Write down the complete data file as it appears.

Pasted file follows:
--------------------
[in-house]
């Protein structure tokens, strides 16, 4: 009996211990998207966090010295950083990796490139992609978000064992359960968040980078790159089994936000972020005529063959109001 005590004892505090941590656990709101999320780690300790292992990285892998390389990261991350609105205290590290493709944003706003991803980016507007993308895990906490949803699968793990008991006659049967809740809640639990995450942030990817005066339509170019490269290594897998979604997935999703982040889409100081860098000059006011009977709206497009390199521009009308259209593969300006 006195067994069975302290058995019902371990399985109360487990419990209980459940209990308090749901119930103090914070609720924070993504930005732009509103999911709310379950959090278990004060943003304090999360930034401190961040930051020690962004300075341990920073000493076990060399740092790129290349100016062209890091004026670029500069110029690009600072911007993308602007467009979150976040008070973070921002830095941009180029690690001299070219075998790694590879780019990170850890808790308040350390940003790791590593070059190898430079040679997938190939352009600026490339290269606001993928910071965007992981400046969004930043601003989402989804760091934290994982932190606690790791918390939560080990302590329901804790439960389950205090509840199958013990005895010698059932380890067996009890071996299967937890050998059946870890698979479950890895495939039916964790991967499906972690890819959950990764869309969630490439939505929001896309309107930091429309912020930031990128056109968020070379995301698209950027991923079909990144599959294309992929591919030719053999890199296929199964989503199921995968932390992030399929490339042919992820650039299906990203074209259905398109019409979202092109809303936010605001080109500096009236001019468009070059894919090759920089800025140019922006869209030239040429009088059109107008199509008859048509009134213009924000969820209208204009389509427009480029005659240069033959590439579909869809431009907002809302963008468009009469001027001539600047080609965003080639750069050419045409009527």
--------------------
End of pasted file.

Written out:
[in-house]
């Protein structure tokens, strides 16, 4: 009996211990998207966090010295950083990796490139992609978000064992359960968040980078790159089994936000972020005529063959109001 005590004892505090941590656990709101999320780690300790292992990285892998390389990261991350609105205290590290493709944003706003991803980016507007993308895990906490949803699968793990008991006659049967809740809640639990995450942030990817005066339509170019490269290594897998979604997935999703982040889409100081860098000059006011009977709206497009390199521009009308259209593969300006 006195067994069975302290058995019902371990399985109360487990419990209980459940209990308090749901119930103090914070609720924070993504930005732009509103999911709310379950959090278990004060943003304090999360930034401190961040930051020690962004300075341990920073000493076990060399740092790129290349100016062209890091004026670029500069110029690009600072911007993308602007467009979150976040008070973070921002830095941009180029690690001299070219075998790694590879780019990170850890808790308040350390940003790791590593070059190898430079040679997938190939352009600026490339290269606001993928910071965007992981400046969004930043601003989402989804760091934290994982932190606690790791918390939560080990302590329901804790439960389950205090509840199958013990005895010698059932380890067996009890071996299967937890050998059946870890698979479950890895495939039916964790991967499906972690890819959950990764869309969630490439939505929001896309309107930091429309912020930031990128056109968020070379995301698209950027991923079909990144599959294309992929591919030719053999890199296929199964989503199921995968932390992030399929490339042919992820650039299906990203074209259905398109019409979202092109809303936010605001080109500096009236001019468009070059894919090759920089800025140019922006869209030239040429009088059109107008199509008859048509009134213009924000969820209208204009389509427009480029005659240069033959590439579909869809431009907002809302963008468009009469001027001539600047080609965003080639750069050419045409009527």